analyzing a second plurality of core components of a second core component type for process variation;
    selecting a second optimum core component from the second plurality of core components, based on the analyzing of the second plurality of core components; and
    scheduling the application program to run on the second optimum core component.
  8. 8. The method of claim 7, further comprising determining a first and second application core component types used by the application program, wherein the first and second application core component types are the first and second core component types.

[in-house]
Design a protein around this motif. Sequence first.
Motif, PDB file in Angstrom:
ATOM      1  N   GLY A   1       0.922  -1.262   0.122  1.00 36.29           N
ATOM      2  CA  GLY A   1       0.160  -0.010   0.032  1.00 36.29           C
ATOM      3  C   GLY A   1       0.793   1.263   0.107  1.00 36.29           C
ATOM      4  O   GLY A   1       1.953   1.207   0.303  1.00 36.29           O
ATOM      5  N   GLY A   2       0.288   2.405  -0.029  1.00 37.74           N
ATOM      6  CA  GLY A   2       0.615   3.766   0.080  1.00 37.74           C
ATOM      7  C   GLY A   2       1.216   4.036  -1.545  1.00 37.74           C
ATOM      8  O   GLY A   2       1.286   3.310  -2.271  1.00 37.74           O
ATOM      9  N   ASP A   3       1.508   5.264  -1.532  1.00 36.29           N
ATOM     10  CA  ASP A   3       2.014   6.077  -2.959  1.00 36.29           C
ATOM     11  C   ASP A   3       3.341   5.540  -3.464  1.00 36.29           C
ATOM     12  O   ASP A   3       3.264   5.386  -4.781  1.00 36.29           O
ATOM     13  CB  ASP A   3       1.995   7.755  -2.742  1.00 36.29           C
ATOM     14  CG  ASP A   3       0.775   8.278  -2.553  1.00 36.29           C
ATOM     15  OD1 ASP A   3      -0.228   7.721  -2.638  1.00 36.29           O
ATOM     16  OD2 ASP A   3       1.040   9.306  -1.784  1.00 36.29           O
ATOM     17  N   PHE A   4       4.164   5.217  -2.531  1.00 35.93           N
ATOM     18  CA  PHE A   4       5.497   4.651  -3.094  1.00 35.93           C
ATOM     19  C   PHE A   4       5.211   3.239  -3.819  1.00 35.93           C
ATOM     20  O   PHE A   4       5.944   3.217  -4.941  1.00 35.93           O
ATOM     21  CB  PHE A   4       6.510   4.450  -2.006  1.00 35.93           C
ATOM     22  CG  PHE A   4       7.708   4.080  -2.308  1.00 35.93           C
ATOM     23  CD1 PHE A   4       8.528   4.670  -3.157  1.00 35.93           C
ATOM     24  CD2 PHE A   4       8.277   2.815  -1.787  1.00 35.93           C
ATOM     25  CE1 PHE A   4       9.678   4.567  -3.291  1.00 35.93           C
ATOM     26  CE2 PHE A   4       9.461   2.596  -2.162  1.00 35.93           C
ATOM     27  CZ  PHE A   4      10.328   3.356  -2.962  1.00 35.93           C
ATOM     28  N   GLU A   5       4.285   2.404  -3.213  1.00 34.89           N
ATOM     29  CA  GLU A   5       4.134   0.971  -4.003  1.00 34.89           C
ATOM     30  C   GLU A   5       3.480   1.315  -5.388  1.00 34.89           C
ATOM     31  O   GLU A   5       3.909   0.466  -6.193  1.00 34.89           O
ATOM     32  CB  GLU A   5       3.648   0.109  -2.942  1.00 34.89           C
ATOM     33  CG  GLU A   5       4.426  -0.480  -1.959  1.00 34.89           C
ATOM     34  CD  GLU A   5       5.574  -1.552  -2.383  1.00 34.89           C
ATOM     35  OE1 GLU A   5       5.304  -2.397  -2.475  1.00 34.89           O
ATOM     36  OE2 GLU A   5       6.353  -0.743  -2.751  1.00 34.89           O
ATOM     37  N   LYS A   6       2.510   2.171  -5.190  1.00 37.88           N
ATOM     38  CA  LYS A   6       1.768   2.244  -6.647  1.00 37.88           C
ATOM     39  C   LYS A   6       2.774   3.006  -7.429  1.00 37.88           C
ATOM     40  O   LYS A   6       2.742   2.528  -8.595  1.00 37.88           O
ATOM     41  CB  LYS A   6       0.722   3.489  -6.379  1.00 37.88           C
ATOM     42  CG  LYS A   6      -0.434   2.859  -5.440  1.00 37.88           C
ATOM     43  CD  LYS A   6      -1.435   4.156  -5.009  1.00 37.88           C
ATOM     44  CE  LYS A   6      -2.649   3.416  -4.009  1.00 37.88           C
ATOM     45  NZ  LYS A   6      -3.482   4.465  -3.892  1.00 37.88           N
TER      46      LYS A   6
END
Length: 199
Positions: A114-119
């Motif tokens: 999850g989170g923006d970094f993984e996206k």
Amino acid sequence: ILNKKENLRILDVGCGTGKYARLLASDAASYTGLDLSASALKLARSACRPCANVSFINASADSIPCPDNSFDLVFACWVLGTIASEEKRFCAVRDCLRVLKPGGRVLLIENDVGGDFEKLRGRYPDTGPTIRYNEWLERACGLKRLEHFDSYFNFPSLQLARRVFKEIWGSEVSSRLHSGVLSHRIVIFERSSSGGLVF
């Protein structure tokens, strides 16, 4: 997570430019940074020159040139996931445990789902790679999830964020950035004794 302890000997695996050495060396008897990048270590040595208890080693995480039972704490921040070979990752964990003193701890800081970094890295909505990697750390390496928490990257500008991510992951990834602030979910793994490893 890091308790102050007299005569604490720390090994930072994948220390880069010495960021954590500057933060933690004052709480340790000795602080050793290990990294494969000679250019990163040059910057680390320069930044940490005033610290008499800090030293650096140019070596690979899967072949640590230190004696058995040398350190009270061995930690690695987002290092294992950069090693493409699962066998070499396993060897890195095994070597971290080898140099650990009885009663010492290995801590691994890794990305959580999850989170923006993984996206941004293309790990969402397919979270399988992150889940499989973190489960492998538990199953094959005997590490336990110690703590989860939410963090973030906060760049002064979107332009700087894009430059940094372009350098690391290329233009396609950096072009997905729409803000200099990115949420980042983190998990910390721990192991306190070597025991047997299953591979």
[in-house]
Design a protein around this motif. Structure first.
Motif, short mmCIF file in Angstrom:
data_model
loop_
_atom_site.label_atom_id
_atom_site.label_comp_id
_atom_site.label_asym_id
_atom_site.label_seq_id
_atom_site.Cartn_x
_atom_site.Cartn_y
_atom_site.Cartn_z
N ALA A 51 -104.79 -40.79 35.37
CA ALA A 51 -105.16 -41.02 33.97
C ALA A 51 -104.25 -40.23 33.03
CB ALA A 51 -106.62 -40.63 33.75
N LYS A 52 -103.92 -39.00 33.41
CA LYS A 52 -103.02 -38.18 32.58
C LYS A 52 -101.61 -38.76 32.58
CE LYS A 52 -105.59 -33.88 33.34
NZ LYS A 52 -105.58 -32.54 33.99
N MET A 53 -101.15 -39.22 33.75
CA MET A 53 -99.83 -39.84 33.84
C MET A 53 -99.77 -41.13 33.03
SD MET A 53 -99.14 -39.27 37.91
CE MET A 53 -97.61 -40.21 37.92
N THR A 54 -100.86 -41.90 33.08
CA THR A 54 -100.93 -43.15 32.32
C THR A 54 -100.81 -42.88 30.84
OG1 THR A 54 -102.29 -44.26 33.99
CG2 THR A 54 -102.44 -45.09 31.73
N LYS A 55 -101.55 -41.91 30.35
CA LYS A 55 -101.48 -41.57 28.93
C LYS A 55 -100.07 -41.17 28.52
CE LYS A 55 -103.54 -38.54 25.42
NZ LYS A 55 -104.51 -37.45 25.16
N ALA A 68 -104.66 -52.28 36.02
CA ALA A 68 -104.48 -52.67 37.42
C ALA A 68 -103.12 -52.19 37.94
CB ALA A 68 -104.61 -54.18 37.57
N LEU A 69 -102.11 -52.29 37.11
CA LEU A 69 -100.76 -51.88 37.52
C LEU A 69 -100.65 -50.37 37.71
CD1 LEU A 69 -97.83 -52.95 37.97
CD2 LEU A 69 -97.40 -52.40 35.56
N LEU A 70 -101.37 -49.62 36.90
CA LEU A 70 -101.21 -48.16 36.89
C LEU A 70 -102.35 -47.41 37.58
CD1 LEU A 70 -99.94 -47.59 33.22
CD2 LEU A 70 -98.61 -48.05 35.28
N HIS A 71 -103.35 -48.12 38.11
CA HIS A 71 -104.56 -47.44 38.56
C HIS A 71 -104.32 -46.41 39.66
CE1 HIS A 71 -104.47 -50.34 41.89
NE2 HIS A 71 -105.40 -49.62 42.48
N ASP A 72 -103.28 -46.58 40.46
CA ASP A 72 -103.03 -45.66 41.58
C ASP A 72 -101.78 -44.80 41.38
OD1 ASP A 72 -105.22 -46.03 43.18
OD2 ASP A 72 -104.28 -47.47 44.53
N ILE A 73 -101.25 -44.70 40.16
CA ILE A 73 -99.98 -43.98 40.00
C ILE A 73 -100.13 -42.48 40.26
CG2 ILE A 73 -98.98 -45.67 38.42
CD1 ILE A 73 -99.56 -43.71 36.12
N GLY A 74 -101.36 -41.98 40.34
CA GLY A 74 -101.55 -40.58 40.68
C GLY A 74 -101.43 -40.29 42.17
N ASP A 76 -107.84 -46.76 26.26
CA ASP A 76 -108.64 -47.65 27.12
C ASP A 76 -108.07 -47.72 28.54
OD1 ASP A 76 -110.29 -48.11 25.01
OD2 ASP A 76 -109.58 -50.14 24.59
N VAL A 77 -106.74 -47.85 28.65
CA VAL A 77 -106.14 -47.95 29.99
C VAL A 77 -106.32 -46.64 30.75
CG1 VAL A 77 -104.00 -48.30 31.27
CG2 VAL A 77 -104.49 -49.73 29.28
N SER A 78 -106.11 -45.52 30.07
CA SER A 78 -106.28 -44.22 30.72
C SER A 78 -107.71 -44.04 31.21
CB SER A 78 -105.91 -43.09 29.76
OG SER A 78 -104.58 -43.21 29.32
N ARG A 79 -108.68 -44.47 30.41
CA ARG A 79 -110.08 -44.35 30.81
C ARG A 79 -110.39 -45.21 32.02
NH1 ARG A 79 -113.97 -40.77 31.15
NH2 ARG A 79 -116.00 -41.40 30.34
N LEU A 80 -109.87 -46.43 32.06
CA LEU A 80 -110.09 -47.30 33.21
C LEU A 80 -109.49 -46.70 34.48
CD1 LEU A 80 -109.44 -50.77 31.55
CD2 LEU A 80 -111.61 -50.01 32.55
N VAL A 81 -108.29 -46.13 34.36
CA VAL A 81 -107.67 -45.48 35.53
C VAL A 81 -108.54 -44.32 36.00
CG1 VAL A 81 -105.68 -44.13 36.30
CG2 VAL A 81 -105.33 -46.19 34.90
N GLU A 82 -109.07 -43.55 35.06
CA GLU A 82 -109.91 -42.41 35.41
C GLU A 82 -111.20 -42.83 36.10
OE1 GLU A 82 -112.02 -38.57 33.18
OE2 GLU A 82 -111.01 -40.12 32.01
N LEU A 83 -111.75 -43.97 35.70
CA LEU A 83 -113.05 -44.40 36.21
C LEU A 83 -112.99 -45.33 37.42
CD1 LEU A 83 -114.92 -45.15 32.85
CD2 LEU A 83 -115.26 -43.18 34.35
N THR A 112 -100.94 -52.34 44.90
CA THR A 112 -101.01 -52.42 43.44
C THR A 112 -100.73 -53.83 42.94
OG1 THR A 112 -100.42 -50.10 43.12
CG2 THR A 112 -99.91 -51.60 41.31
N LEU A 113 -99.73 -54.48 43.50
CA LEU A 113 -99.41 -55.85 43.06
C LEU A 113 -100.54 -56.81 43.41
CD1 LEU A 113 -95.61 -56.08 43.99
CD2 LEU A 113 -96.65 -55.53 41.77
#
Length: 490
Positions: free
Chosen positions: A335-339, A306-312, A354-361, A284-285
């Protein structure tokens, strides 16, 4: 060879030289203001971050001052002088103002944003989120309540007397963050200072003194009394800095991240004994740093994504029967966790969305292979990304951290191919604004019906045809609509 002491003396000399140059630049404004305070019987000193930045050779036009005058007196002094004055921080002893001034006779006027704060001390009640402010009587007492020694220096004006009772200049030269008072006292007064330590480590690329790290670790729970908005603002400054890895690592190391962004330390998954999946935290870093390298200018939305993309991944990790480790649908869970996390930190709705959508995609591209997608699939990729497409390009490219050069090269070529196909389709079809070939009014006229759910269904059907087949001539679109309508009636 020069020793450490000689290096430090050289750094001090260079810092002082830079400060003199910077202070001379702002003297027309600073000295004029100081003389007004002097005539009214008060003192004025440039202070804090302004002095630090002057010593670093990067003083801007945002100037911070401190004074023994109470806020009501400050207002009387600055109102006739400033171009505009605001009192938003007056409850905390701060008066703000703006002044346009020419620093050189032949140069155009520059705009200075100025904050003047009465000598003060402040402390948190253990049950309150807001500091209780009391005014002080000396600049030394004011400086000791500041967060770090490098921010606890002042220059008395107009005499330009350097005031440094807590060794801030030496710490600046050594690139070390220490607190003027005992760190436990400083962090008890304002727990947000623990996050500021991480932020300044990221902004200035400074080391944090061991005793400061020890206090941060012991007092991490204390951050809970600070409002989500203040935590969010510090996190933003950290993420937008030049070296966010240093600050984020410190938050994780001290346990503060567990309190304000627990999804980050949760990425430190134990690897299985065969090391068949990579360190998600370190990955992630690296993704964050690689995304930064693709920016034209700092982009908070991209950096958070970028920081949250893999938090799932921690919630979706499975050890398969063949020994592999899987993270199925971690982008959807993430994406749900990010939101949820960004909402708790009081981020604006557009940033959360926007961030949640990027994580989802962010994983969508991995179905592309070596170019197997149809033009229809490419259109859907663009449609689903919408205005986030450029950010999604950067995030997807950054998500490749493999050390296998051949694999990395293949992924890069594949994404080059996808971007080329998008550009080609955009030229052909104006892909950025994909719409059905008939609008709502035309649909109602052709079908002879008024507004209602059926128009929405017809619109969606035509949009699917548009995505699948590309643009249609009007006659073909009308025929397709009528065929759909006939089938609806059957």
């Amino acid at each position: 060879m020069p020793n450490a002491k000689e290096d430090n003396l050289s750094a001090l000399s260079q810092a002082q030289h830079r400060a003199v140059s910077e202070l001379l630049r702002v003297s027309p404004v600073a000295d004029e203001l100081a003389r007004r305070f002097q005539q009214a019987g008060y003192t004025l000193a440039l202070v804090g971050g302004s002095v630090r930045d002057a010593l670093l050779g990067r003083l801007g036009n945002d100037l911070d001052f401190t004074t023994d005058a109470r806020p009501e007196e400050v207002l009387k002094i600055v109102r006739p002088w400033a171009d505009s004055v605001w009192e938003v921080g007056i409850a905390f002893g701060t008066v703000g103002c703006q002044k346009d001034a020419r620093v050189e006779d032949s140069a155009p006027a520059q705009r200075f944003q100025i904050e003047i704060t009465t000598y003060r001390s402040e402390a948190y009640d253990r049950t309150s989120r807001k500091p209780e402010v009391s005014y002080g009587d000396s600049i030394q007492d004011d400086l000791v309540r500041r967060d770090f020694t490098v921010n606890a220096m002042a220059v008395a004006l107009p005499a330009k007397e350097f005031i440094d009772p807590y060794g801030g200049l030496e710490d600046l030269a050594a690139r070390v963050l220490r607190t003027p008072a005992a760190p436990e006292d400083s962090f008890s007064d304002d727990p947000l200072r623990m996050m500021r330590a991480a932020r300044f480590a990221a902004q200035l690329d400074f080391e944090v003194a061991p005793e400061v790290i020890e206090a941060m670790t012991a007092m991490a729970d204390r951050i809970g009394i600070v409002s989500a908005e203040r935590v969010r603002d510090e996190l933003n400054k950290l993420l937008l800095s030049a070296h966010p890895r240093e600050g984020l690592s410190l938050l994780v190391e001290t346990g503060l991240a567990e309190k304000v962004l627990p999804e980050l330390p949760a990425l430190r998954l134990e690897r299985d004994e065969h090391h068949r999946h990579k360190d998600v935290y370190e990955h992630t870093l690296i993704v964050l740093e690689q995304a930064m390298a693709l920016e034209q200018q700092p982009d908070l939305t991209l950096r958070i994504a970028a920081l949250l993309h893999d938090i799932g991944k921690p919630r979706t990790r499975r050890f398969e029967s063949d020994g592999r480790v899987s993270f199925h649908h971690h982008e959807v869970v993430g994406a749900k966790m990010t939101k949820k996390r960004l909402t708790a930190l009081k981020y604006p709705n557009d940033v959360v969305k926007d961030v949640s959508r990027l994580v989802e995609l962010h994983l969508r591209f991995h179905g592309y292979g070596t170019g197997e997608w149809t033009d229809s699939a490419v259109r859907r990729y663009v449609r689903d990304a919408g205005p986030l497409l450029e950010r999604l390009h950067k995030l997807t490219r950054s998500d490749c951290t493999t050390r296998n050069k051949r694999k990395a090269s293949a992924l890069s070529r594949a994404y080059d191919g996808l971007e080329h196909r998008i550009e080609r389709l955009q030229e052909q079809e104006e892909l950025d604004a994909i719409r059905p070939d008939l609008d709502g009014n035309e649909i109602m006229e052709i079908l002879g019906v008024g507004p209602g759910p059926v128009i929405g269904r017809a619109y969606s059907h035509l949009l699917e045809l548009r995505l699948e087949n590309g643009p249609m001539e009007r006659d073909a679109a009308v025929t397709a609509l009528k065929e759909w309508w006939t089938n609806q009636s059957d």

9. 9. The method of claim 7, wherein the first and second core component types are independently selected from the group consisting of a branch predictor, a cache, a floating point unit, a bus, a forwarding circuit, a register file and an instructions queue.
  10. 10. The method of claim 7, wherein the analyzing comprises:
    determining an operating state of each of the first and second plurality of core components; and
    storing the operating state of each of the first and second plurality of core components in a bloom filter.
  11. 11. The method of claim 7, wherein the analyzing comprises ranking each of the first and second plurality of core components.
  12. 12. The method of claim 7, wherein the first and second optimum core components are on different cores.
  13. 13. A computer program product comprising software encoded in computer-readable media, for scheduling an application program running in a computer system having multiple cores, the software comprising instructions, operable when executed, to: